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So, if college is free, what's to stop colleges from simply doubling tuition? Or offering more watered-down useless subjects to capture the rent from the larger population of students who will go to 'free' college but can't handle the curriculum in fields that would land them good jobs? What would stop them from inventing reasons to bloat administration even more?

The only answer to that would be price controls on college admission, or wage controls on staff. Which would be a terrible idea.

A better 'fix' to the student loan crisis would be to make colleges have some skin in the game. If they were on the hook for a percentage of student loan money that defaults, they'd be a lot more careful about their finances, tuition, and which programs they offer.

Ideally, student loans should not exist at all. They have caused tuition inflation which basically makes student loans mandatory for people who are not wealthy, and they have encouraged the growth of useless faculties offering useless degrees that will not pay enough for the student to comfortably pay back the loans.

Better answers would involve co-op education programs, apprenticeships, more of a focus on 2-year colleges as transfer programs into 4-year universities, and online education.

Also, cut all funding and tax breaks to schools sitting on massive endowments. Harvard's 2018 endowment is 38 billion dollars.

If we are going to have student loans, they should be targeted at skills are in short supply. You want to be a doctor or an engineer? You'll be making lots of money one day, so sure, we'll give you a student loan. You want to go to college to 'find yourself' and take a bunch of liberal arts programs? Find a way to pay for it yourself. Or go to a two year college and learn somethiung useful, then indulge your desire for other learning online, at night school, or with a sabbatical.

No one owes you four years of partying while taking a light schedule of watered down 'breadth' courses.
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Old 05-04-2019, 06:30 PM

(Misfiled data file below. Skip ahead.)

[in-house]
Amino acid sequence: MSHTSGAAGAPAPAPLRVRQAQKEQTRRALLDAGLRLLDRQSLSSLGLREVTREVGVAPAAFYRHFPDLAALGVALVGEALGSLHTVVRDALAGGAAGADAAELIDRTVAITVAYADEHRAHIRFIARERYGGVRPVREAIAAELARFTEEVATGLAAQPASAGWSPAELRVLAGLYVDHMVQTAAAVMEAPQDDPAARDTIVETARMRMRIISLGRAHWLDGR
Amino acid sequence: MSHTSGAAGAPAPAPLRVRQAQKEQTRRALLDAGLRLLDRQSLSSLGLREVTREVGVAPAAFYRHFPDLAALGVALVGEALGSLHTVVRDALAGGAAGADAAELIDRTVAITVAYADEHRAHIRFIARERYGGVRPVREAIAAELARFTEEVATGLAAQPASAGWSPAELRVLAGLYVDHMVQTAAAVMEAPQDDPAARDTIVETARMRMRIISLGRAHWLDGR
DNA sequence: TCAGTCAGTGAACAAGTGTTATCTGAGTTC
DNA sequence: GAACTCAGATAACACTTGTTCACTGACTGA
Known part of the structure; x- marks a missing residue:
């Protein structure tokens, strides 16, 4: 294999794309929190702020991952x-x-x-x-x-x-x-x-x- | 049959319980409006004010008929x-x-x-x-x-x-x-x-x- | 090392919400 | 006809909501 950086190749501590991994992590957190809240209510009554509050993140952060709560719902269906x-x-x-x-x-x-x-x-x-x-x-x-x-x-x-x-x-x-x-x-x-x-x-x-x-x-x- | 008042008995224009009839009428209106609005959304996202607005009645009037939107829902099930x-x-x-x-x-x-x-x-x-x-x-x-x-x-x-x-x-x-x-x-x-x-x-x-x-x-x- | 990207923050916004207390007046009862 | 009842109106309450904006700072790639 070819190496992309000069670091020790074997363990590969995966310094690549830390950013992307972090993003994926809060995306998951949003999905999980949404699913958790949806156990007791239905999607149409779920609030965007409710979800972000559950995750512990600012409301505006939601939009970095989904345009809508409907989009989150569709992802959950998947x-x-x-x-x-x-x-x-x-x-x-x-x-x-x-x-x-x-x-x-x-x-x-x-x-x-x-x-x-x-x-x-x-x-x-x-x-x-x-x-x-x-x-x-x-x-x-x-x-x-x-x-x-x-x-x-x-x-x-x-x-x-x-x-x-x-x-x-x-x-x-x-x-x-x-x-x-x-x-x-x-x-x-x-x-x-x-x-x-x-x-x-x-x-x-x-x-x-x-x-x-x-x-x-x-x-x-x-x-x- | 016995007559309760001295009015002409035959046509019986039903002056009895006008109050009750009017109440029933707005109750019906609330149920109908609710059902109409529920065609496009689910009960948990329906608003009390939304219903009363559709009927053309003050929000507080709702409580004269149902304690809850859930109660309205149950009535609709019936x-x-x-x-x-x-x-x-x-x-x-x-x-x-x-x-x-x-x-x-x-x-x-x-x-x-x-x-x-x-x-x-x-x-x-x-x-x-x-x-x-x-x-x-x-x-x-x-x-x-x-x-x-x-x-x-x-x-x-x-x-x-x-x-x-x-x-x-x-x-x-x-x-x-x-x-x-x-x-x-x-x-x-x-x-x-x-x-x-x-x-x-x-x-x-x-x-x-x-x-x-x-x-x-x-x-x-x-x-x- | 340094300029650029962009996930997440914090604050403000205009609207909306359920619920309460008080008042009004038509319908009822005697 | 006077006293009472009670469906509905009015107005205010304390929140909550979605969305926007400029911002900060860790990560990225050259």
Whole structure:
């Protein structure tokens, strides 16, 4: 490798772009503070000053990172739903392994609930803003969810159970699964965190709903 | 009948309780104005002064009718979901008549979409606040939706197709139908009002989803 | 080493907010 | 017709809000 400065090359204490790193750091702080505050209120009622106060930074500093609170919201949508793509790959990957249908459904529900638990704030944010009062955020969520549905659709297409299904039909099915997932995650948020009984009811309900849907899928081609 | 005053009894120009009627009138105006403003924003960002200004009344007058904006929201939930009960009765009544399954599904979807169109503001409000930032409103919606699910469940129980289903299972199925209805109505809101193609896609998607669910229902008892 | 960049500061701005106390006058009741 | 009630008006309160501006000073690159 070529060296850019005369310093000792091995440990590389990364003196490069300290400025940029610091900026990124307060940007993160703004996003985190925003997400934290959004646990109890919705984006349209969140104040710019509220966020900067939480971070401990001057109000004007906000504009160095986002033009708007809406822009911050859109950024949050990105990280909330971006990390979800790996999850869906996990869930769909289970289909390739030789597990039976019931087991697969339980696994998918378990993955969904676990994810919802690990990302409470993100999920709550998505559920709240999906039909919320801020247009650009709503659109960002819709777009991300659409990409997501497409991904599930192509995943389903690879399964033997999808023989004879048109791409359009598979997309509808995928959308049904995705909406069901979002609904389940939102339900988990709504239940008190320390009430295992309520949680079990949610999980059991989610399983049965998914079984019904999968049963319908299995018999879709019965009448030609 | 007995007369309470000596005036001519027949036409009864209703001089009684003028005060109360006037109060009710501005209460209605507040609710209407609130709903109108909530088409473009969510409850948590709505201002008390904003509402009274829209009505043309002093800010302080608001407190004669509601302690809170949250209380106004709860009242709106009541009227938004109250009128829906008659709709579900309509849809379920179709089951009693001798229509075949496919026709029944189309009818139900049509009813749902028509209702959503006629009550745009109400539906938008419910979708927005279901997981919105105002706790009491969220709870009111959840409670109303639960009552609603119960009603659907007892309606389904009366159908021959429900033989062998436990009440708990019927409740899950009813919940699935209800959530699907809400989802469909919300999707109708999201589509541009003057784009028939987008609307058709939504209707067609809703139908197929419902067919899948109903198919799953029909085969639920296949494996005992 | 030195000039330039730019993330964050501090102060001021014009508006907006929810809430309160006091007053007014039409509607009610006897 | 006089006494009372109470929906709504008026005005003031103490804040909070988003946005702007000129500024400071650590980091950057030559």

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And that is just, as the boomer said:
"Itís the kind of argument designed to tug at our most selfish impulses while ignoring the economic and political transformations that have left a generation of college graduates struggling under an unprecedented mountain of student debt."
I don't disagree that an argument over whether it is fair or not doesn't necessarily rebut the economic merits that such a proposal might have -- it's admittedly somewhat tangential, although it becomes an economic argument when we start talking about moral hazard. What's the incentive for colleges to maybe take a look at reducing their administrative and construction costs? Moreover, who's going to pay for it all?
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Old 05-04-2019, 10:25 PM
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If we are going to have student loans, they should be targeted at skills are in short supply. You want to be a doctor or an engineer? You'll be making lots of money one day, so sure, we'll give you a student loan. You want to go to college to 'find yourself' and take a bunch of liberal arts programs? Find a way to pay for it yourself. Or go to a two year college and learn somethiung useful, then indulge your desire for other learning online, at night school, or with a sabbatical.
This is exactly what "Build Dakota" scholarships do in South Dakota. Target fields in high demand in the state. Fields like Engineering, energy, and healthcare.

Now if a person WANTS to study philosophy, art, music, or gender studies - thats what books from a library are for.
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Old 05-04-2019, 10:28 PM
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Now that is an ignorant bit that can not be ignored.

As the subject is Warren's plans, they do include a part about college costs.

https://www.vox.com/2019/4/22/185091...t-free-college
I didnt read anything in that article about reducing what colleges charge.
  #299  
Old 05-04-2019, 10:47 PM
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I didnt read anything in that article about reducing what colleges charge.
Since the subject is what students pay, yes that is what debt-free college for students is.
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Old 05-05-2019, 06:35 AM
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This is exactly what "Build Dakota" scholarships do in South Dakota. Target fields in high demand in the state. Fields like Engineering, energy, and healthcare.

Now if a person WANTS to study philosophy, art, music, or gender studies - thats what books from a library are for.
People should study the humanities. A university education should encourage exploration of subject matter that we might not be otherwise exposed to, and there's a lot more to being educated than just studying math or computers. I would gladly support efforts to make college more affordable precisely so that more people could study these things.

But individuals will probably value their education more if they have to pay for at least some of it themselves.